The ad-blocking Brave web browser startup has landed two blows on Google: It dumped the search engine for rival Qwant in France and Germany, and it lodged a formal complaint in Europe against Google's ad privacy practices.
Brave picked Qwant, which bills itself as "the search engine that respects your privacy," as part of its effort to capitalize on privacy concerns that have grown in the wake of countless data breaches and Facebook's Cambridge Analytica scandal.
"With the ongoing privacy invasions from technology giants that make a living by exploiting user data, people need tools to fight back and take a stand to protect themselves," Brendan Eich, Brave chief executive and former Mozilla Firefox leader, said in a statement Thursday.
And Brave, in conjunction with the Open Rights Group and University College London researcher Michael Veale, filed complaints in Europe saying Google violates the new General Data Protection Regulation (GDPR) by broadcasting personal information to companies bidding to show targeted ads.
Privacy is a big deal as we share and store more about ourselves online and as companies get better at tracking our behavior to pick ads that we're more likely to be interested in. But it's often proved hard to get people to change behavior to improve their privacy, and changing search-engine defaults can be a transitory move. Mozilla picked Yahoo's search engine as Firefox's default in the US, but ultimately withdraw from the deal early, saying in a legal fight with Yahoo's new owner, Verizon, that 77 percent of users switched away within about a year and a half.
Brave thinks privacy is worth caring about, though.
"There is a massive and systematic data breach at the heart of the behavioral advertising industry," said Johnny Ryan, Brave's chief policy and industry relations officer. "Ads can be useful and relevant without broadcasting intimate personal data," he said, a perspective that jibes with Brave's plan to show ads that are targeted by the browser itself without broadcasting data to publishers and advertisers.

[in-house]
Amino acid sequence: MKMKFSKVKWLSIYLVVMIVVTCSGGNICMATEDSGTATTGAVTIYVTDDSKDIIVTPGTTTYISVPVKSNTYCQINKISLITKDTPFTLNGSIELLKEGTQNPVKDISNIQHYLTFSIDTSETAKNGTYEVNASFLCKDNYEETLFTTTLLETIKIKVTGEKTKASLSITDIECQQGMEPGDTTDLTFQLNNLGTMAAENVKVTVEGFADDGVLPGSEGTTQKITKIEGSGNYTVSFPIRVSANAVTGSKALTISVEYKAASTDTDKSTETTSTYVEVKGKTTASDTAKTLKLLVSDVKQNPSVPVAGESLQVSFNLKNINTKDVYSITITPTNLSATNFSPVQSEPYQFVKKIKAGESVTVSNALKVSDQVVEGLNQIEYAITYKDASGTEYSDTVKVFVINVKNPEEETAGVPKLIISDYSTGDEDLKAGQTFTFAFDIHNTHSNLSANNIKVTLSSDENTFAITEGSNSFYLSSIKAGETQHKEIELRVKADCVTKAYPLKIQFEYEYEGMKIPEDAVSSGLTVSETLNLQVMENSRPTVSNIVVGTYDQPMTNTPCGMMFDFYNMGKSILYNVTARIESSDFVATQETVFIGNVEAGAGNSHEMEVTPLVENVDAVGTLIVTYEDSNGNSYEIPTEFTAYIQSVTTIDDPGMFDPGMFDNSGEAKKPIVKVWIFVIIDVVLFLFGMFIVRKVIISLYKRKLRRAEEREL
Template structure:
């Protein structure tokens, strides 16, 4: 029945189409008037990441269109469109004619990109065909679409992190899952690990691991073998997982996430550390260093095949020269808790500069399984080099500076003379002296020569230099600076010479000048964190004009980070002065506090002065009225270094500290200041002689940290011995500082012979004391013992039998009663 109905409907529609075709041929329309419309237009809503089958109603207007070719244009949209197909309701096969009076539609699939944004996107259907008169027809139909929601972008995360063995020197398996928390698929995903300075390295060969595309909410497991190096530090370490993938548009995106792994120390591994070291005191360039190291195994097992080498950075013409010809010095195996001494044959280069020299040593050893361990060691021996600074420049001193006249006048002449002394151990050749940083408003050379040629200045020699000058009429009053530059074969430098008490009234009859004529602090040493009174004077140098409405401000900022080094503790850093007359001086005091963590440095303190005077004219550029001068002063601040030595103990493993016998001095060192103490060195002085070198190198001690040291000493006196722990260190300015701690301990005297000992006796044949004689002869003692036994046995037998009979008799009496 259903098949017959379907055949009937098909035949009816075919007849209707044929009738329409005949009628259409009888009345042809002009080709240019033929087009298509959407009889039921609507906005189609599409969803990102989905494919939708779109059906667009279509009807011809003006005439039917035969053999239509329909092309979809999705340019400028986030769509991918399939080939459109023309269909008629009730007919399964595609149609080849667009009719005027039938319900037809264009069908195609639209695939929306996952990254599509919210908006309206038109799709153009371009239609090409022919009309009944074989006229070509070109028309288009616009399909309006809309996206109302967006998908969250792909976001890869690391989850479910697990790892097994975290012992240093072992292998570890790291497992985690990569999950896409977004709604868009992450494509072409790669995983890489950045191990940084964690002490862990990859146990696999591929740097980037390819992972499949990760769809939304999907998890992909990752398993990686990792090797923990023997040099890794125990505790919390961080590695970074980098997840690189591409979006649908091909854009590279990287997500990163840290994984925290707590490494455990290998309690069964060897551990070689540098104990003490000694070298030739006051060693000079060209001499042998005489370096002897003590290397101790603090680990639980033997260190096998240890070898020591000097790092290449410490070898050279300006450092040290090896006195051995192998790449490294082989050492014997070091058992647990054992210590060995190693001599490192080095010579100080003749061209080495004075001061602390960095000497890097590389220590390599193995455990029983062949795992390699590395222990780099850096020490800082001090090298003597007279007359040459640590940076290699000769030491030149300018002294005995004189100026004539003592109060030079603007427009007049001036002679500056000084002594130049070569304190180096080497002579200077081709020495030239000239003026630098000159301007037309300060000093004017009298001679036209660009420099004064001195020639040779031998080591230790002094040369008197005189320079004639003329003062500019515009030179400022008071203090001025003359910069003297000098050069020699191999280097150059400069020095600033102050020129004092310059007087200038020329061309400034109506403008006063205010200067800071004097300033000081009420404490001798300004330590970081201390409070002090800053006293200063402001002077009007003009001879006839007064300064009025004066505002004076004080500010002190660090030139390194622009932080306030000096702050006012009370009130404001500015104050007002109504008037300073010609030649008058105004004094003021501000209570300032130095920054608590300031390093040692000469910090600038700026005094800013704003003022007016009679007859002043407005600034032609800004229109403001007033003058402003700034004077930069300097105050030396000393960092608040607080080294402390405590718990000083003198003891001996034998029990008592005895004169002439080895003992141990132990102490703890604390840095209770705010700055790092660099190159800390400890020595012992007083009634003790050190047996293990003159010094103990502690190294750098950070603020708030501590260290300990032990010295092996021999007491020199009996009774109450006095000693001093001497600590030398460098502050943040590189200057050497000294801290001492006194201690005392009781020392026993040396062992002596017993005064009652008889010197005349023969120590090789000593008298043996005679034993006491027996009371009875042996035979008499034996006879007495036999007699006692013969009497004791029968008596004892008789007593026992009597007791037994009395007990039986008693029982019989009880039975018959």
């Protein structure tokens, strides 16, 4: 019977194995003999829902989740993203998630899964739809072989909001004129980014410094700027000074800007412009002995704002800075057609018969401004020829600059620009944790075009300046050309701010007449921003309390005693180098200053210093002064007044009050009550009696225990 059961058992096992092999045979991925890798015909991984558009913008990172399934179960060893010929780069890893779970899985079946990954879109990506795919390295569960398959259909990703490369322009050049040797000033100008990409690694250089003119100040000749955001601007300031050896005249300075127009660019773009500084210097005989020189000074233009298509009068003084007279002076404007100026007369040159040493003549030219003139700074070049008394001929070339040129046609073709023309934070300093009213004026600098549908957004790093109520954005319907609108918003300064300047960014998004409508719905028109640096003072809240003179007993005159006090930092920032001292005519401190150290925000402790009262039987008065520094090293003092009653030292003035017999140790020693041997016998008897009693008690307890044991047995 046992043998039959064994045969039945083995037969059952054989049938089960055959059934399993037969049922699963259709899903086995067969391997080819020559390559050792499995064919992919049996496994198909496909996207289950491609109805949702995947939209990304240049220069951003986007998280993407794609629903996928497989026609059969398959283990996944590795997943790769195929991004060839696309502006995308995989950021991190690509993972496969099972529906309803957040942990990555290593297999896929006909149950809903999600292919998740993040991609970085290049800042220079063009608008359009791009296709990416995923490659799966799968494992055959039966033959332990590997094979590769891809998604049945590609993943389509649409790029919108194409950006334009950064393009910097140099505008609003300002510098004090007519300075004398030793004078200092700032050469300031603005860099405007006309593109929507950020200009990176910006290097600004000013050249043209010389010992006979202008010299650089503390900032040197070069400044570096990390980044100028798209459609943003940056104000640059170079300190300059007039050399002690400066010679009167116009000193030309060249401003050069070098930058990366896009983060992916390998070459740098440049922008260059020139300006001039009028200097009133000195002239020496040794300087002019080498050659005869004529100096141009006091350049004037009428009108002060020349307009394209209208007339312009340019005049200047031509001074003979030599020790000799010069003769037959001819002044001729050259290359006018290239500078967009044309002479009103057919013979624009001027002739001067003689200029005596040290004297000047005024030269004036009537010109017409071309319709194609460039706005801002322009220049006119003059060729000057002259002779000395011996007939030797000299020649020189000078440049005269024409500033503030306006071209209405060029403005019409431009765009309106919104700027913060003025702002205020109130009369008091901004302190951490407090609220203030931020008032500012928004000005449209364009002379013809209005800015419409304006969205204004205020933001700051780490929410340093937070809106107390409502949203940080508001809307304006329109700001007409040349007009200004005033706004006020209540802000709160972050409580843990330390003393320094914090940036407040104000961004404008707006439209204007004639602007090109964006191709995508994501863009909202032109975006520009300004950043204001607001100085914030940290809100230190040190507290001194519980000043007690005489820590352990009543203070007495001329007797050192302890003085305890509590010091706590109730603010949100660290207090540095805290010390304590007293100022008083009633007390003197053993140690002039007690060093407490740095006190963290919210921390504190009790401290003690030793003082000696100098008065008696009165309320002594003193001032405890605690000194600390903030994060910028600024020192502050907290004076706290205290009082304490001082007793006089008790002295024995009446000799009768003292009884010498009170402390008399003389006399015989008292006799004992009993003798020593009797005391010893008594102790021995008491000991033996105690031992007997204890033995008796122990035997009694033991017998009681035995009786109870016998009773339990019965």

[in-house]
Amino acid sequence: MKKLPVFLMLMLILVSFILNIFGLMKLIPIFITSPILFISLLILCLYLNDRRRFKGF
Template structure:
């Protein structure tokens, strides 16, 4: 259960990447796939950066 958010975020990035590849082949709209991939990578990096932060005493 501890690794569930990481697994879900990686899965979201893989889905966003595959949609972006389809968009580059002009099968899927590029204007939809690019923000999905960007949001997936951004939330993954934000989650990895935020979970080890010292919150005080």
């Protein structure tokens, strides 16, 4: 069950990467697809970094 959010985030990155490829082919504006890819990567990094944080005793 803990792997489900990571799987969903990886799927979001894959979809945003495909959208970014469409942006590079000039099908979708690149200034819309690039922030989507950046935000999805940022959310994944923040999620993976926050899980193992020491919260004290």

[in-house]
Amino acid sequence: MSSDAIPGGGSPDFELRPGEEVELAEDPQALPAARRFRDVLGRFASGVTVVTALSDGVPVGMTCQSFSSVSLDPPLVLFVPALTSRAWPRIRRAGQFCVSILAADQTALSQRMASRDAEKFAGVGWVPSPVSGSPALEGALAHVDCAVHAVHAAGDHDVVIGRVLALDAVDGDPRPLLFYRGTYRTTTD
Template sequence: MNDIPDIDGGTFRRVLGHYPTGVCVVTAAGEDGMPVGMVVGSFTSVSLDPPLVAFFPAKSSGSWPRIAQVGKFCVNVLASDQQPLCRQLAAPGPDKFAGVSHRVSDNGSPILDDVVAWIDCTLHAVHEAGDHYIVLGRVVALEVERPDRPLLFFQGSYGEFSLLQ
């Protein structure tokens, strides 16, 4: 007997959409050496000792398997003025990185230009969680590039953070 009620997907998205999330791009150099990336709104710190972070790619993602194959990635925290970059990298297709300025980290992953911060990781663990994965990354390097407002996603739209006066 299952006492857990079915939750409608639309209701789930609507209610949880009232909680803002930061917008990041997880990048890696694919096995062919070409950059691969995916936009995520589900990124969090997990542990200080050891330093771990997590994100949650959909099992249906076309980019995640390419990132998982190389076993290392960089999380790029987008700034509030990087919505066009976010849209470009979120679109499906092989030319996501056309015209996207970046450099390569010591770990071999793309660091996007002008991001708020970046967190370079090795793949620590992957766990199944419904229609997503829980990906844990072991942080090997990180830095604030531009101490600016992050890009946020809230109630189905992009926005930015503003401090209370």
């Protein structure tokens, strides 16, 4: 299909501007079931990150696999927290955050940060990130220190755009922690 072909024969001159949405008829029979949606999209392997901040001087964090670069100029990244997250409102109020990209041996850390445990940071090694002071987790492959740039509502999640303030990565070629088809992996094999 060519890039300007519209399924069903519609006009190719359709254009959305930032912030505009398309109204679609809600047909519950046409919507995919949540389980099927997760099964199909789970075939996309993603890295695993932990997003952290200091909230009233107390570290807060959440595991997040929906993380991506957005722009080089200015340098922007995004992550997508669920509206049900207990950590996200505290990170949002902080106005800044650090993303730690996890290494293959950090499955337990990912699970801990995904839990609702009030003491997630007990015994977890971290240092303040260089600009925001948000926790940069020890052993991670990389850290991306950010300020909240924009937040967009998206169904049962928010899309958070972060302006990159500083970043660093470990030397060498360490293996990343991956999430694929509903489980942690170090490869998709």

For its part, Google denied any wrongdoing.
"We build privacy and security into all our products from the very earliest stages and are committed to complying with the EU General Data Protection Regulation," the company said in a statement. "We provide users with meaningful data transparency and controls across all the services that we provide in the EU, including for personalized advertising."
Brave's own ad program begins
Through a project phase called Gemini, Brave has begun testing its ad system, notable for the fact that it'll pay not just publishers who display ads but also Brave users who choose to see those ads. It's set to debut later this year, built into an overhauled version of the browser that Brave just began testing.
Why stick with Qwant?
In Brave's view, it doesn't filter search results to your own proven interests and thus "confine the user to a filter bubble" where you hear only like-minded voices. And it doesn't track people or save your search history.
Search engines can provide revenue to browsers. In exchange for search queries from the browser, search engines can share a portion of resulting ad revenue. Brave, though, doesn't have any deals with Google.
And it's not likely that relations between Brave and Google are going to get any warmer with Brave's GDPR violation complaint against Google.
"The overriding commercial incentive for many ad tech companies is to share as much data with as many partners as possible," Ryan said. "This is a 'clean tech' moment, and ad tech is fighting it the same way that Detroit fought the electric car. It is time to move on."
Cambridge Analytica: Everything you need to know about Facebook's data mining scandal.
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